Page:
Last month, John R. MacArthur fired off what may be the single dumbest old-media-blame-new-media anti-Google screed ever to post in the pages of the Providence Journal. In case you missed that gem, MacArthur, the publisher of Harper's Magazine, remedied that situation by reposting his piece on the publication's Web site.
I'll confess to being a Harper's fanboy, someone who has read the magazine starting back in the day when it was edited by the brilliant Lewis H. Lapham. It's been a staple of American intellectual life since its start in the mid-19th century. All the more remarkable, then, to read MacArthur decry what he calls "Google's systematic campaign to steal everything that isn't welded to the floor by copyright -- while playing nice with its idiotic slogan 'Don't be evil.'"
Larry Page and Sergey Brin as 21st-century incarnations of Butch Cassidy and Sundance. Do tell:
This for-profit theft is committed in the pious guise of universal access to "free information," as if Google were just a bigger version of your neighborhood public library. Acceptance of such a fairy tale lets parasitic search engines assert that they are "web neutral," just disinterested parties whose glorious mission is to educate and uplift.
Publishers and writers are belatedly recognizing the self-defeating nature of their own free-content platforms, as advertising is dispersed through the Internet in more and more fractionalized and lower-cost quantities. But these authentic content producers have been largely complicit in their own decline by aiding and abetting the childish belief that search engines are intended to educate (as opposed to making money for their owners) and that education via the Internet can bypass the necessary struggle of reading, analyzing, and connecting texts, in depth and over time.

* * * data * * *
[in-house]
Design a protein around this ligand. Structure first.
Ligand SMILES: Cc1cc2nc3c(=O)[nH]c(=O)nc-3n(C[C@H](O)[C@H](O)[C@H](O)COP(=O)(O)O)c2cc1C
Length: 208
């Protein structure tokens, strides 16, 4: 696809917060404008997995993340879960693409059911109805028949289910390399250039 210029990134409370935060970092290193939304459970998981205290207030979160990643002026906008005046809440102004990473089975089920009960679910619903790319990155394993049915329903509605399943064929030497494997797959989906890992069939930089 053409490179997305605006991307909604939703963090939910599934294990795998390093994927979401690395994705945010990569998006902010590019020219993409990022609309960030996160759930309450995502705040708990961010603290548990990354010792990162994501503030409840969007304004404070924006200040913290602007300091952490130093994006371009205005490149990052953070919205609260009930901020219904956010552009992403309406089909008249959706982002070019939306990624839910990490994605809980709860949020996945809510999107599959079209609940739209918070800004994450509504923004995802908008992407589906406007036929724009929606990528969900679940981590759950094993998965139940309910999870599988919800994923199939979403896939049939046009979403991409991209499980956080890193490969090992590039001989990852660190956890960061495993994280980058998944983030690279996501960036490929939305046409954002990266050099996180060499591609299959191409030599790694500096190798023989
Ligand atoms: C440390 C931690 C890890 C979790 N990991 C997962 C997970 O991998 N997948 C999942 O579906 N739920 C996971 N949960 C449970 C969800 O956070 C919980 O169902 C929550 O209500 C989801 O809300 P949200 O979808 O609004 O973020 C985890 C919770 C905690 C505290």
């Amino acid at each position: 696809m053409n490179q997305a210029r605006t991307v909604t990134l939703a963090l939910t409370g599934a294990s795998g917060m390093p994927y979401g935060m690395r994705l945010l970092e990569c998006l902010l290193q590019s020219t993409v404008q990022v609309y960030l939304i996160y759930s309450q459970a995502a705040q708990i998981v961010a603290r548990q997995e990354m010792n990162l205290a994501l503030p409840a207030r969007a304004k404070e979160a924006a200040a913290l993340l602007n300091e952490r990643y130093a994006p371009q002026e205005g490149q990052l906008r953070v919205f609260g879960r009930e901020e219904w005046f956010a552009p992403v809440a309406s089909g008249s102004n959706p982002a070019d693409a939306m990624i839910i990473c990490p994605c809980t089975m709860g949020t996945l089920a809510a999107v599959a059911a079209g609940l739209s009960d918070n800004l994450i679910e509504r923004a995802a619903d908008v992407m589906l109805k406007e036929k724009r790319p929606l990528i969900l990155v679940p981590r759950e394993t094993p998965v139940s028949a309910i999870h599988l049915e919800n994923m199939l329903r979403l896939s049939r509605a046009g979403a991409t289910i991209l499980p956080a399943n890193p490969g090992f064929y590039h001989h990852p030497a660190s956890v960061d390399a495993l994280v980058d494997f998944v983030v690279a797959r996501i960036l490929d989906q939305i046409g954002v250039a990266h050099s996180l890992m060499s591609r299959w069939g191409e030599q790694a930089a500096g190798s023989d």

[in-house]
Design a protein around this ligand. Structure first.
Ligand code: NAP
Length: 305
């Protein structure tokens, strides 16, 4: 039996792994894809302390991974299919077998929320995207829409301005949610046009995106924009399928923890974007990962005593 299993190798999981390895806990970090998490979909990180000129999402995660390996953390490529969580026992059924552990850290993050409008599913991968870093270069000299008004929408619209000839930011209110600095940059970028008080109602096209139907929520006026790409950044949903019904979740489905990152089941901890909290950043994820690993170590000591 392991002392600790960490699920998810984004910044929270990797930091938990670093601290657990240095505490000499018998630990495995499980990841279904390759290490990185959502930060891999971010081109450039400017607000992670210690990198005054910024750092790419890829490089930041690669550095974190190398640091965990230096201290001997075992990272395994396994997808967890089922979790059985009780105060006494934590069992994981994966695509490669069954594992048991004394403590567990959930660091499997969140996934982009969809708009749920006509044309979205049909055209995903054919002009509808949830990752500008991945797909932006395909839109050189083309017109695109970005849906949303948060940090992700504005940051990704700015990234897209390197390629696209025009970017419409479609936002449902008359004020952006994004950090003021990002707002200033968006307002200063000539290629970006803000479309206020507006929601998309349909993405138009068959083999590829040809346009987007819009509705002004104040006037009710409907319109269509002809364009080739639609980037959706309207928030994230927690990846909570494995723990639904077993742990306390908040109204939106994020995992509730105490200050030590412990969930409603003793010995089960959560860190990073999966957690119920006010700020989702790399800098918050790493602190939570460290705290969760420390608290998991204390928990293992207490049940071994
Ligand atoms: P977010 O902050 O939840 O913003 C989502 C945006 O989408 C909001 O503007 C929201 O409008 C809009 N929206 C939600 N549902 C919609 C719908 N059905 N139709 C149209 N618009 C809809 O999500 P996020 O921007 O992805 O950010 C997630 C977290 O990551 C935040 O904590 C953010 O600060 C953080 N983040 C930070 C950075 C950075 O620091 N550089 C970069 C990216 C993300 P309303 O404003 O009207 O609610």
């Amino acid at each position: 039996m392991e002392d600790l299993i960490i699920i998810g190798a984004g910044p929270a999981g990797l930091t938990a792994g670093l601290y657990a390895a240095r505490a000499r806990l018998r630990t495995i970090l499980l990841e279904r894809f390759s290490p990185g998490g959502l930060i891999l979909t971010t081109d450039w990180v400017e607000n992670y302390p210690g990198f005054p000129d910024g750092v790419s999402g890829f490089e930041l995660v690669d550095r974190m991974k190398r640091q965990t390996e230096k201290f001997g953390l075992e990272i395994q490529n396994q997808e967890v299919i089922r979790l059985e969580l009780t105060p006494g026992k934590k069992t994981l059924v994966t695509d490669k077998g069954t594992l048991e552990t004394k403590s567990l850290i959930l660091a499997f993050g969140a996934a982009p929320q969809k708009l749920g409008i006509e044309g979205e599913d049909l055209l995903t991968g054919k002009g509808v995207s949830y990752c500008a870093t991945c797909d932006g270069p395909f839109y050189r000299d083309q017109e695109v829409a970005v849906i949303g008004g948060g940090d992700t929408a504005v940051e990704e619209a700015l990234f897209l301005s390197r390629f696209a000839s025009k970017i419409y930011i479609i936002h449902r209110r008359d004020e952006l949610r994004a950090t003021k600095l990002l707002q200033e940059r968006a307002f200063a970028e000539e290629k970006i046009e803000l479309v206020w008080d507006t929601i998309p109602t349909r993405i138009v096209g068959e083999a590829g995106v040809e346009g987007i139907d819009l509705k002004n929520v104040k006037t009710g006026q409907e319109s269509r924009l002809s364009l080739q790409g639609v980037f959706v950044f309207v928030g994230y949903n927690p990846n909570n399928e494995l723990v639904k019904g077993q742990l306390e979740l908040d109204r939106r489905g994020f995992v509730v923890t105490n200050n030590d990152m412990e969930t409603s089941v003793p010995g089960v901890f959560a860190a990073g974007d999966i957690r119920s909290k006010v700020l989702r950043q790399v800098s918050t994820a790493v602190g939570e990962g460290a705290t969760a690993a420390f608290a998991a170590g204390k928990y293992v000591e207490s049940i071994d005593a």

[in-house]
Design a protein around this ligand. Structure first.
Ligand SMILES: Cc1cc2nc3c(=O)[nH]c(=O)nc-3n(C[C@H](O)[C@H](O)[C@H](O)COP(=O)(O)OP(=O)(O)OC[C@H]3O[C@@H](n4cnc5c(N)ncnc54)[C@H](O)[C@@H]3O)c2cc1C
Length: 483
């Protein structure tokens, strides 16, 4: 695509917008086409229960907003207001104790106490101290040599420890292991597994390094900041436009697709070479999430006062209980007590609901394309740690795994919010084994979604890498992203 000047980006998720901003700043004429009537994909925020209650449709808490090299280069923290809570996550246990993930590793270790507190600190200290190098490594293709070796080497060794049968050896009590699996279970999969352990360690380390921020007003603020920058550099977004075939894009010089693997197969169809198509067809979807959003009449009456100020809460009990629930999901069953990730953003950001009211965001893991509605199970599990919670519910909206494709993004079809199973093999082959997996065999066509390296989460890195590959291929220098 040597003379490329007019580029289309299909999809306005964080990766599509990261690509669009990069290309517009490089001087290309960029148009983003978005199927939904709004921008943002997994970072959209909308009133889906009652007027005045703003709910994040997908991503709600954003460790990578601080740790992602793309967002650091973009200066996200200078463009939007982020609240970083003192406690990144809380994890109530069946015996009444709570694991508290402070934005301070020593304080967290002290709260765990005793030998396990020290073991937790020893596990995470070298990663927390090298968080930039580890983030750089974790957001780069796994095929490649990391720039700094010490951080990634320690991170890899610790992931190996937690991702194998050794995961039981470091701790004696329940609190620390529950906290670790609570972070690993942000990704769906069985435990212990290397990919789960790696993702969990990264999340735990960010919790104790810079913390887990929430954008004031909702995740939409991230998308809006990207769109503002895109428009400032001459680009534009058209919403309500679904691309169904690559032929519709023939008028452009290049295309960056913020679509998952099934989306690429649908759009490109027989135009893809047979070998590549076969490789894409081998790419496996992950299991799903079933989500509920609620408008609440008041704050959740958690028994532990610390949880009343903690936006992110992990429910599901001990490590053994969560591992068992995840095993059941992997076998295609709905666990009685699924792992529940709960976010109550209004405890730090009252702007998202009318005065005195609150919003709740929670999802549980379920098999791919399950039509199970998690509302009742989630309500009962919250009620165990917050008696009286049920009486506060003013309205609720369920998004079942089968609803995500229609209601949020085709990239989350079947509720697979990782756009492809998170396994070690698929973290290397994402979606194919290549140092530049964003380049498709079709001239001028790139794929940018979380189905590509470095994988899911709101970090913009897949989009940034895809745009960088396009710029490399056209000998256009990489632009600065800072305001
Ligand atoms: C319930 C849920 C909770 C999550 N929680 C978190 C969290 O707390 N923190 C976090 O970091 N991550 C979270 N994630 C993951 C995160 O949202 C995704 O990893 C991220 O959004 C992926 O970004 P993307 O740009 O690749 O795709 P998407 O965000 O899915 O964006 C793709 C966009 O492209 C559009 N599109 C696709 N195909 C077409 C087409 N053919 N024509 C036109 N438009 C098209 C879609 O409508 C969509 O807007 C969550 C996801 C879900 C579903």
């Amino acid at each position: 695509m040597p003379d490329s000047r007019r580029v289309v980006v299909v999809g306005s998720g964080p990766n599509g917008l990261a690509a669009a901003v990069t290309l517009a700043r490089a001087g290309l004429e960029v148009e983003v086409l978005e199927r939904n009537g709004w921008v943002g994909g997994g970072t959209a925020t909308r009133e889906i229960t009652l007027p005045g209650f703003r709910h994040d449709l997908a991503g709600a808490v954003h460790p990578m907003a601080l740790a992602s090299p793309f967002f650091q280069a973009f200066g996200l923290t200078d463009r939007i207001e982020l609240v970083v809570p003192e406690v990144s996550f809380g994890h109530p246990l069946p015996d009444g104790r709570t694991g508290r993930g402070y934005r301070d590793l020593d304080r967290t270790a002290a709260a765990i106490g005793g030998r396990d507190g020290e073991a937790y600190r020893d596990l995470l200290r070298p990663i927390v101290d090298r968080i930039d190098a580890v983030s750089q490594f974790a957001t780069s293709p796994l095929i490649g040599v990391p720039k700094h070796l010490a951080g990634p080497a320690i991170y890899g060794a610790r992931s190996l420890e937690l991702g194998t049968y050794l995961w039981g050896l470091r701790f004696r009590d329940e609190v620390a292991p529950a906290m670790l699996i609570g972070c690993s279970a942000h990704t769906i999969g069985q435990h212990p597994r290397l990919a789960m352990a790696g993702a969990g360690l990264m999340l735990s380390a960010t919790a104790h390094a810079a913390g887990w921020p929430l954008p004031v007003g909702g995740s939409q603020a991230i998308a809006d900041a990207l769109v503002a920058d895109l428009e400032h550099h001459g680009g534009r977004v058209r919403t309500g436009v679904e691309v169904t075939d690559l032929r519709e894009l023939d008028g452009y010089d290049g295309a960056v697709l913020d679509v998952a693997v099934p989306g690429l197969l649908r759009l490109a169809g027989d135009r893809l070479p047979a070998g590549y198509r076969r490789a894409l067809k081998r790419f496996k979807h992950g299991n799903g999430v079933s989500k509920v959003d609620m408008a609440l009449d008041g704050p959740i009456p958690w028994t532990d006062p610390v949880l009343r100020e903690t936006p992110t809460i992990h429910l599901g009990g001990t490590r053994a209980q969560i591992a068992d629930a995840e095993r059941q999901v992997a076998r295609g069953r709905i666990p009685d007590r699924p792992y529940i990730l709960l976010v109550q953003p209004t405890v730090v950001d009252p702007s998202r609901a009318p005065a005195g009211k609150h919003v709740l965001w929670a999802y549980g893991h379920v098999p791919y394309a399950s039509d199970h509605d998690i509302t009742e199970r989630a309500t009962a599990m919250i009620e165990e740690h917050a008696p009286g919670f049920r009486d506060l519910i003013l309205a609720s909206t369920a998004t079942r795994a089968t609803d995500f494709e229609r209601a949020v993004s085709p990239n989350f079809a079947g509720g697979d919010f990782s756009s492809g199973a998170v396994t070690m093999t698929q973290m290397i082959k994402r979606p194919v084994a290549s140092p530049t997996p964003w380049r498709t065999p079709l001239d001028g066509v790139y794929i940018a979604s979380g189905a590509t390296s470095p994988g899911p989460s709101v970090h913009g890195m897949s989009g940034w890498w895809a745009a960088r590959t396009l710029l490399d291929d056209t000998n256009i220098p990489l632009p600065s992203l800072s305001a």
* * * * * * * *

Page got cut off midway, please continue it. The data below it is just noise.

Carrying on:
"We'll do it for you," say Larry, Sergey, and Eric, and it will all be free! Now Larry, Sergey, and Eric are billionaires, while the average writer and teacher can barely make ends meet.
So while Google's getting ever richer, teachers and "the average writer" are fated to hang out with the bums on the Bowery. MacArthur then flags the inevitable spillover effect from his insalubrious condition: the increasing "infantilization of the American public, hooked more than ever on superficial, unchecked information sometimes rewritten from more reliable, though uncredited sources. It's no coincidence that Google, Yahoo, Bing, and Yelp sound like toddler gibberish from the Teletubbies."
Actually, when he speaks on conference calls Sergey more reminds me of Kermit the Frog than a Teletubby. But this essay is one non sequitur followed by another as MacArthur seeks to establish a nexus between the dumbing down of America and Google's increasing domination of the media landscape. Apparently, Google plays favorites, giving priority to "free content" sites over those with paywalls. That might have something to do with the way Internet crawling works. As Techdirt's Tim Cushing notes, if Google can't crawl it, it won't appear.
Where does all this point? MacArthur suggests that the cyber downtrodden may finally get so fed up that they could even take to the barricades in a Jean Valjean moment:
This unending assault of babble potentially could lead to revolutionary conditions in which the new writer-teacher proletariat rises up to overthrow the Internet oligarchy and the politicians and government agencies who protect it.
That fits with the rest of an absurd indictment of the Internet. I doubt this will be the last jeremiad you hear as more media organizations fade away as readers go elsewhere. But while honest men and women can disagree honestly about the extent of the"infantilization of the American public" or the dumbing down of the culture, it's embarrassingly wrong to blame Google for the popularity of "Here Comes Honey Boo Boo," without first knowing the basics about Internet search and the link culture.